Bulgarian teachers walked off the job Monday demanding higher wages and increased government spending on education.
The strike follows weeklong protests in front of the government building in the capital, Sofia, where teachers called for a 100 percent pay rise starting next year, and an allocation of at least 5 percent of the country's gross domestic product for education.
More than 80 percent of teachers have joined the protest, according to the strike committee, after weeklong negotiations with the education ministry failed.
There are about 100,000 teachers in Bulgaria's public schools, and according to government figures their average monthly wage is 440 leva (EUR225; (US$317).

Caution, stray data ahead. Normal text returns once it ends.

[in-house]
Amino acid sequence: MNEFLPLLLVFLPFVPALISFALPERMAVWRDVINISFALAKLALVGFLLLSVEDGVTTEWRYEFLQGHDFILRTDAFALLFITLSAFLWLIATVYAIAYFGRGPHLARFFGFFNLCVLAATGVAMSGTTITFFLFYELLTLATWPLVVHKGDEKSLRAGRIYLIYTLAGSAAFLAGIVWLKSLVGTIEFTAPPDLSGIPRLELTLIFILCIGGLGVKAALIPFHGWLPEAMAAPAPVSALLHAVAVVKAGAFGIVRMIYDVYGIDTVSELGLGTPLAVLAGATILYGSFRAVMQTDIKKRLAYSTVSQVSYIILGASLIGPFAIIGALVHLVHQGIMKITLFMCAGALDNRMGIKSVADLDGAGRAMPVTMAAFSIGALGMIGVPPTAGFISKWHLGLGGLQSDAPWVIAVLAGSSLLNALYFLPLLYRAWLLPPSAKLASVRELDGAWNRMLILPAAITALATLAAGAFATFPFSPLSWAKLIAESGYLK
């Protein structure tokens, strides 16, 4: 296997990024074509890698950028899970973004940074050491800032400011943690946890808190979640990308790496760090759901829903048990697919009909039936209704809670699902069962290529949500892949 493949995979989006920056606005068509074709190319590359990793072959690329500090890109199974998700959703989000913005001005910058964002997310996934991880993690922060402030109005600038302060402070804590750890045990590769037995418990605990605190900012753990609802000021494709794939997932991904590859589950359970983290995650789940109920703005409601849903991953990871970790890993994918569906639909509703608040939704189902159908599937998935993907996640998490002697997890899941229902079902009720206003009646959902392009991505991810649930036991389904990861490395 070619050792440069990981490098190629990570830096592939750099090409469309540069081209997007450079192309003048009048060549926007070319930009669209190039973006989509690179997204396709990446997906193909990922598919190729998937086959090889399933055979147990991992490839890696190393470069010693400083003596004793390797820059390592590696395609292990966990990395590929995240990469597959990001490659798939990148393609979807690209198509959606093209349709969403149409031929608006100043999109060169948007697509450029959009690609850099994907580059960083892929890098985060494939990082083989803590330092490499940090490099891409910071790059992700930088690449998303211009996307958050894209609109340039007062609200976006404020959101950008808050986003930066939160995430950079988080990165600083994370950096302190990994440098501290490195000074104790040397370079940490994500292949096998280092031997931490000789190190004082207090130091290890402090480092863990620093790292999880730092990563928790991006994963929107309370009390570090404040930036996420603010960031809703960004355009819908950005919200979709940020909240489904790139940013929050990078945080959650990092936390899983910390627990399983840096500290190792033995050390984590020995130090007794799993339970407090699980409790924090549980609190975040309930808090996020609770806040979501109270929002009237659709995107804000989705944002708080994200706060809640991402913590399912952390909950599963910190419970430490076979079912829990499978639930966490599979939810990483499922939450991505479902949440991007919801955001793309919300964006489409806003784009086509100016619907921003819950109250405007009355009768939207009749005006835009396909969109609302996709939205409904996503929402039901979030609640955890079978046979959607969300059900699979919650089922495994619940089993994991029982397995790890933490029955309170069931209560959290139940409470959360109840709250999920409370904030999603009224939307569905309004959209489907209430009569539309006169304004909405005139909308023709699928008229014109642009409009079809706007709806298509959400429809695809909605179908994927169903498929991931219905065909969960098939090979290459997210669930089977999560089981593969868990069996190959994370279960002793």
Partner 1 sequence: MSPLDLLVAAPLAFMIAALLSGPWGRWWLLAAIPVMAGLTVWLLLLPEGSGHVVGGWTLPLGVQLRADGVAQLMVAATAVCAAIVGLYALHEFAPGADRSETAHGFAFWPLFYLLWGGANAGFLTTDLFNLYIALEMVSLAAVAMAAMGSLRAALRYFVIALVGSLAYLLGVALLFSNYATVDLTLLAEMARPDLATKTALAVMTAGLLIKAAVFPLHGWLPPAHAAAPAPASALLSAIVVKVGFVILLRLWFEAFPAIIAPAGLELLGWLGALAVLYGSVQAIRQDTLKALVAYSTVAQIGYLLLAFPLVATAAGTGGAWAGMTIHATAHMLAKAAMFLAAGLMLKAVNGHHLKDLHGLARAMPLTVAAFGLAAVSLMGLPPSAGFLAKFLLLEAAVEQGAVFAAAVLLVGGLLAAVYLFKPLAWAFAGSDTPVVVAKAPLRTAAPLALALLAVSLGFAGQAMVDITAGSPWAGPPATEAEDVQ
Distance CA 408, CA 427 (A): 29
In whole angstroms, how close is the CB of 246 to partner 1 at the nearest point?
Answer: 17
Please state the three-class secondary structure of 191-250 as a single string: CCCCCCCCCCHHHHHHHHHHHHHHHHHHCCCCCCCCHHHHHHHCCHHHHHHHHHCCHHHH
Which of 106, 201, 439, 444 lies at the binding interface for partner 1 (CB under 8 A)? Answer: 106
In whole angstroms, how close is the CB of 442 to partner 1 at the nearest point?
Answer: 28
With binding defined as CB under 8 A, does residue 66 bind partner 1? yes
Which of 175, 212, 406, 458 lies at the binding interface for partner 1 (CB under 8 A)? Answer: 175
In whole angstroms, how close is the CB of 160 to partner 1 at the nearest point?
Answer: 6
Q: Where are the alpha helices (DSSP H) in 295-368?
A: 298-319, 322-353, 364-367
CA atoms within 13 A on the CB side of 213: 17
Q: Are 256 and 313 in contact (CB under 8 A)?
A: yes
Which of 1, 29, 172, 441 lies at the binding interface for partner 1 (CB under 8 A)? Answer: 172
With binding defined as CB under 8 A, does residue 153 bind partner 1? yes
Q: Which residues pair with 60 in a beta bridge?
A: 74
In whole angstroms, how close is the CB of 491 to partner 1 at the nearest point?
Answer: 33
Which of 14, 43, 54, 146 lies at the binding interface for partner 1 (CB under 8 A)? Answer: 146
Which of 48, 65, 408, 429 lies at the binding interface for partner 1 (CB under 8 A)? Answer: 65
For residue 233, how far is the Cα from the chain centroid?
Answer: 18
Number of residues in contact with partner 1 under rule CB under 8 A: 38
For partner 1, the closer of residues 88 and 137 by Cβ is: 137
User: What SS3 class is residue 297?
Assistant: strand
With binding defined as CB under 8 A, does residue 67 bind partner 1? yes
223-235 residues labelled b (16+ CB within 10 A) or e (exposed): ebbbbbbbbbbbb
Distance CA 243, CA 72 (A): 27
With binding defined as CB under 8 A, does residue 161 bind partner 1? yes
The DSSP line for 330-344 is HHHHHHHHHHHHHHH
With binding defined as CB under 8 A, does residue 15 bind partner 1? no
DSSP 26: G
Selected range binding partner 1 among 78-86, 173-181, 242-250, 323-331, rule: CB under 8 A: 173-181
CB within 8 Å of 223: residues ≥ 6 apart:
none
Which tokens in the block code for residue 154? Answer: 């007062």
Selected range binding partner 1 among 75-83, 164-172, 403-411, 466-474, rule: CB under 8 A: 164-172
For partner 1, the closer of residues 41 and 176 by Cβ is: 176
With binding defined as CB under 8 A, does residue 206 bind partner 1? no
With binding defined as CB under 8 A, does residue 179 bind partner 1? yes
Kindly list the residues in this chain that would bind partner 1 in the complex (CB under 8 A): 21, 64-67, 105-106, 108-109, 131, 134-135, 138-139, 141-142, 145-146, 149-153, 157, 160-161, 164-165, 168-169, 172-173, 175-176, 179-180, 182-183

The government has offered a 15 percent wage increase starting in January 2008, and a second 15 percent increase in July 2008. It plans to spend about 4.3 percent of GDP on education in 2008, up from 4.18 percent this year.
When General Wesley Clark spoke about the famous list of seven Middle Eastern countries to be demolished in five consecutive years, he has done nothing but remark, for the last time, if there was any need, Washington's willingness to redesign the Middle East within a more general framework of global domination.